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Article
February 1986

Aneurysm of the Extracranial Carotid Artery

Author Affiliations

From the Departments of Otolaryngology (Drs Shimizu, Sakakura, Yamagiwa, and Hori), Thoracic Surgery (Dr Yuasa), and Oral Surgery (Dr Murata), Mie University School of Medicine, Tsu, Japan.

Arch Otolaryngol Head Neck Surg. 1986;112(2):203-206. doi:10.1001/archotol.1986.03780020083019
Abstract

• Aneurysms of the extracranial carotid artery are rare vascular lesions. These aneurysms usually present to the otolaryngologist or vascular surgeon as a cervical or parapharyngeal pulsatile mass. Rupture and hemorrhage are unusual complications. Central nervous system symptoms secondary to embolism or thrombosis, however, are relatively common. Because of these serious complications, surgical resection of the aneurysm with restoration of arterial continuity is the treatment of choice. We describe herein three cases of the extracranial carotid aneurysm treated at the Mie University Hospital, Tsu, Japan, in the past two years. Surgical treatments include end-to-end anastomosis, saphenous vein autograft replacement, and direct closure utilizing an internal shunt, respectively, after resection of the aneurysm. In all patients, the postoperative course was uneventful, and angiography six weeks after the operation demonstrated good blood flow through the repaired artery.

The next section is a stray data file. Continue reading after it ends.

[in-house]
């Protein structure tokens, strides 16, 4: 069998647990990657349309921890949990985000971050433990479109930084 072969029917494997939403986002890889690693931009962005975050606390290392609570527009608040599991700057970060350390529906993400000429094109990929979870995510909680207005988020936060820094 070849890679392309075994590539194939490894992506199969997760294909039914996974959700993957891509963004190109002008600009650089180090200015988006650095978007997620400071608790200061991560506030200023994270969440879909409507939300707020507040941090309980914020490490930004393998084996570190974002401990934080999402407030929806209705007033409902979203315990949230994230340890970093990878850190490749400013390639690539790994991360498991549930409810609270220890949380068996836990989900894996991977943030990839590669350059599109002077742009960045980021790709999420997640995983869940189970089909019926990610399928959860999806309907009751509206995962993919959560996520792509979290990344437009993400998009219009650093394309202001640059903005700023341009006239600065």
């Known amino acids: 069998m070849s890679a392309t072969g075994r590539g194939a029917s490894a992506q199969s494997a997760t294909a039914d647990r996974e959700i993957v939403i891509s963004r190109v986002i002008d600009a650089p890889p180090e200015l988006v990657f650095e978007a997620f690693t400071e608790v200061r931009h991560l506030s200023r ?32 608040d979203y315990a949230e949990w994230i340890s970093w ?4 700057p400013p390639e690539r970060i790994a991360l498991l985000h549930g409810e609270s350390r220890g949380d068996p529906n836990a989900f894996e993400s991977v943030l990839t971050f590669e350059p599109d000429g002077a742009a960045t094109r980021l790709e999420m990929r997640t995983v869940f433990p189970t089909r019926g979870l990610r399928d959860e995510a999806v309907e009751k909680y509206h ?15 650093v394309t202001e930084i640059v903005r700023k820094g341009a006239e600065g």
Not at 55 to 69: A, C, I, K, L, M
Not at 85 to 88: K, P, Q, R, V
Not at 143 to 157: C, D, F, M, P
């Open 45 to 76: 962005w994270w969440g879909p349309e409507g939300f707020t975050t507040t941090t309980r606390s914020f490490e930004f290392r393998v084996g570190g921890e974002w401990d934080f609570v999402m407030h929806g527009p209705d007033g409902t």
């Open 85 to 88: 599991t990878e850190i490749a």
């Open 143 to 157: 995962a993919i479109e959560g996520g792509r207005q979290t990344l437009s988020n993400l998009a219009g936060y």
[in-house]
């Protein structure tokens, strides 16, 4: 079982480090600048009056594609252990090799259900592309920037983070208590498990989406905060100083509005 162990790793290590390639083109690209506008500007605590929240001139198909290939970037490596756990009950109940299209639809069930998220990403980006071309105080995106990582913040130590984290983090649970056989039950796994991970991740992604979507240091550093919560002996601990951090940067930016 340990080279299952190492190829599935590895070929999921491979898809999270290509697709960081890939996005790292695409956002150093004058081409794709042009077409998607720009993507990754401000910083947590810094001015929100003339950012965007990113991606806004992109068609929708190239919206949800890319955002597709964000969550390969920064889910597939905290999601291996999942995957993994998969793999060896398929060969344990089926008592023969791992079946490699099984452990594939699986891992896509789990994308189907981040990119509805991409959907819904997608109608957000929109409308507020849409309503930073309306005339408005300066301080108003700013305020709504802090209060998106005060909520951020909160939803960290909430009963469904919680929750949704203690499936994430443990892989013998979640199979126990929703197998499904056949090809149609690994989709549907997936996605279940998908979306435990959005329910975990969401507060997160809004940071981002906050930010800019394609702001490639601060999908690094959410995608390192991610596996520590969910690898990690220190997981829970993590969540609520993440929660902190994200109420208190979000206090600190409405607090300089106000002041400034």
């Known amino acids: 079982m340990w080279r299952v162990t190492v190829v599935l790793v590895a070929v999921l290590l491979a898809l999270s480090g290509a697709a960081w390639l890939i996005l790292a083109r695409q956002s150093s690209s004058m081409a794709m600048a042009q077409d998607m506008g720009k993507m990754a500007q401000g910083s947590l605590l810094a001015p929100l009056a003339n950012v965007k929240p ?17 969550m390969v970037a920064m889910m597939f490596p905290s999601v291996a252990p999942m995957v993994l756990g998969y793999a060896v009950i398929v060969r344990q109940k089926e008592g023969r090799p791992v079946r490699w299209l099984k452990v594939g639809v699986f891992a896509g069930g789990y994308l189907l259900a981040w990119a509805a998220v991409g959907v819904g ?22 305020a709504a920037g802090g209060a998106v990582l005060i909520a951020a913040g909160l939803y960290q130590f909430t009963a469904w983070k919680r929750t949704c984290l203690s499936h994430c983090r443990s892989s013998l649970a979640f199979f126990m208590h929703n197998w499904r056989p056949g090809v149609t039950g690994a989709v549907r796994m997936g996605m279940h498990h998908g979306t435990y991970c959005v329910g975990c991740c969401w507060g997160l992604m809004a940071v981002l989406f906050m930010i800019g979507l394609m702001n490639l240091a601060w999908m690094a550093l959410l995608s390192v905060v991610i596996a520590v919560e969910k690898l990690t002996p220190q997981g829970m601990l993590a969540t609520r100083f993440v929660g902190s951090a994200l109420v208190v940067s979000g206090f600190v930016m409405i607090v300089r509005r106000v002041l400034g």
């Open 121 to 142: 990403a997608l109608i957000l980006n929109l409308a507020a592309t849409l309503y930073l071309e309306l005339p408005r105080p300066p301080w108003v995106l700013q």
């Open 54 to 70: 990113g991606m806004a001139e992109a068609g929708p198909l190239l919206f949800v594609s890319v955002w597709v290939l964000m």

(Arch Otolaryngol Head Neck Surg 1986;112:203-206)

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